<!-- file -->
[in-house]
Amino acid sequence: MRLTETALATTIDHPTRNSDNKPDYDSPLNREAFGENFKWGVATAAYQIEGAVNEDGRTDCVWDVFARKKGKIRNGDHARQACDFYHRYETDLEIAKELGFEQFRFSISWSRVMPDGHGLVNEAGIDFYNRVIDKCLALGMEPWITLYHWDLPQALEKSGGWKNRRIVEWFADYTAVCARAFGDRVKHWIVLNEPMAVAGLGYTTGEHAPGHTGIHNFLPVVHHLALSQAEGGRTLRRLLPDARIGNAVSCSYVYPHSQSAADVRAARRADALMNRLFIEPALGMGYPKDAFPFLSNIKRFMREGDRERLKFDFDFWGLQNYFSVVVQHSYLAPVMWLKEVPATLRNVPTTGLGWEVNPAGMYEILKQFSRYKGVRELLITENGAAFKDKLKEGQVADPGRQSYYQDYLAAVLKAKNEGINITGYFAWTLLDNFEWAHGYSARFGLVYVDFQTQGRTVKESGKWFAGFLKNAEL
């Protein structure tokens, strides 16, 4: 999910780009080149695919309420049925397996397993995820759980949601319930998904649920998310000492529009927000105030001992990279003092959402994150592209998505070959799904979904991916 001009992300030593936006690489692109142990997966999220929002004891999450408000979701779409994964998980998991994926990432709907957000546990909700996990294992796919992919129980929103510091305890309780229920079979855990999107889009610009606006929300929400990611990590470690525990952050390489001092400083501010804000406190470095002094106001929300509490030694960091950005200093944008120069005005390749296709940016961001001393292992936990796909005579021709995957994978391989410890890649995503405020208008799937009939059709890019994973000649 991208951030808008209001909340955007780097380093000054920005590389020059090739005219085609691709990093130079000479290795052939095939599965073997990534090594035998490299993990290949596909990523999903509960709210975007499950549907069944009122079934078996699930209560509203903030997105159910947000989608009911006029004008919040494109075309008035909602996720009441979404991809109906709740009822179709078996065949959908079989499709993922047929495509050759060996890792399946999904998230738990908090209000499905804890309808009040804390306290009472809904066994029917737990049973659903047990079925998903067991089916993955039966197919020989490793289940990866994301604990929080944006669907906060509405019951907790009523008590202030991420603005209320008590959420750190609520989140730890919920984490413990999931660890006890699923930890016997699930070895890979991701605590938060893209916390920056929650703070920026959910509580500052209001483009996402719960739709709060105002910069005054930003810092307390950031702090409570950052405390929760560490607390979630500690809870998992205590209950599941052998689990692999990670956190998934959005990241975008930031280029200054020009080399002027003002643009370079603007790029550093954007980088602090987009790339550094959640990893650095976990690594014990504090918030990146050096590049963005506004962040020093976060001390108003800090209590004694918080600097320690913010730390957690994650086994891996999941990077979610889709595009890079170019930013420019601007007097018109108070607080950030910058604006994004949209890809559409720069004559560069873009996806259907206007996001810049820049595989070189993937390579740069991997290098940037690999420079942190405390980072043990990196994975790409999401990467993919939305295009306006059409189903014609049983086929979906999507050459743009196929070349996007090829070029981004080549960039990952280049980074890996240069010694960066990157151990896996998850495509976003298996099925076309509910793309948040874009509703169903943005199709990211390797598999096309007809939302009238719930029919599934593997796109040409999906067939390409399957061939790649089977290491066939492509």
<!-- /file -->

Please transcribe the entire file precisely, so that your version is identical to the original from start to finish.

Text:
[in-house]
Amino acid sequence: MRLTETALATTIDHPTRNSDNKPDYDSPLNREAFGENFKWGVATAAYQIEGAVNEDGRTDCVWDVFARKKGKIRNGDHARQACDFYHRYETDLEIAKELGFEQFRFSISWSRVMPDGHGLVNEAGIDFYNRVIDKCLALGMEPWITLYHWDLPQALEKSGGWKNRRIVEWFADYTAVCARAFGDRVKHWIVLNEPMAVAGLGYTTGEHAPGHTGIHNFLPVVHHLALSQAEGGRTLRRLLPDARIGNAVSCSYVYPHSQSAADVRAARRADALMNRLFIEPALGMGYPKDAFPFLSNIKRFMREGDRERLKFDFDFWGLQNYFSVVVQHSYLAPVMWLKEVPATLRNVPTTGLGWEVNPAGMYEILKQFSRYKGVRELLITENGAAFKDKLKEGQVADPGRQSYYQDYLAAVLKAKNEGINITGYFAWTLLDNFEWAHGYSARFGLVYVDFQTQGRTVKESGKWFAGFLKNAEL
């Protein structure tokens, strides 16, 4: 999910780009080149695919309420049925397996397993995820759980949601319930998904649920998310000492529009927000105030001992990279003092959402994150592209998505070959799904979904991916 001009992300030593936006690489692109142990997966999220929002004891999450408000979701779409994964998980998991994926990432709907957000546990909700996990294992796919992919129980929103510091305890309780229920079979855990999107889009610009606006929300929400990611990590470690525990952050390489001092400083501010804000406190470095002094106001929300509490030694960091950005200093944008120069005005390749296709940016961001001393292992936990796909005579021709995957994978391989410890890649995503405020208008799937009939059709890019994973000649 991208951030808008209001909340955007780097380093000054920005590389020059090739005219085609691709990093130079000479290795052939095939599965073997990534090594035998490299993990290949596909990523999903509960709210975007499950549907069944009122079934078996699930209560509203903030997105159910947000989608009911006029004008919040494109075309008035909602996720009441979404991809109906709740009822179709078996065949959908079989499709993922047929495509050759060996890792399946999904998230738990908090209000499905804890309808009040804390306290009472809904066994029917737990049973659903047990079925998903067991089916993955039966197919020989490793289940990866994301604990929080944006669907906060509405019951907790009523008590202030991420603005209320008590959420750190609520989140730890919920984490413990999931660890006890699923930890016997699930070895890979991701605590938060893209916390920056929650703070920026959910509580500052209001483009996402719960739709709060105002910069005054930003810092307390950031702090409570950052405390929760560490607390979630500690809870998992205590209950599941052998689990692999990670956190998934959005990241975008930031280029200054020009080399002027003002643009370079603007790029550093954007980088602090987009790339550094959640990893650095976990690594014990504090918030990146050096590049963005506004962040020093976060001390108003800090209590004694918080600097320690913010730390957690994650086994891996999941990077979610889709595009890079170019930013420019601007007097018109108070607080950030910058604006994004949209890809559409720069004559560069873009996806259907206007996001810049820049595989070189993937390579740069991997290098940037690999420079942190405390980072043990990196994975790409999401990467993919939305295009306006059409189903014609049983086929979906999507050459743009196929070349996007090829070029981004080549960039990952280049980074890996240069010694960066990157151990896996998850495509976003298996099925076309509910793309948040874009509703169903943005199709990211390797598999096309007809939302009238719930029919599934593997796109040409999906067939390409399957061939790649089977290491066939492509």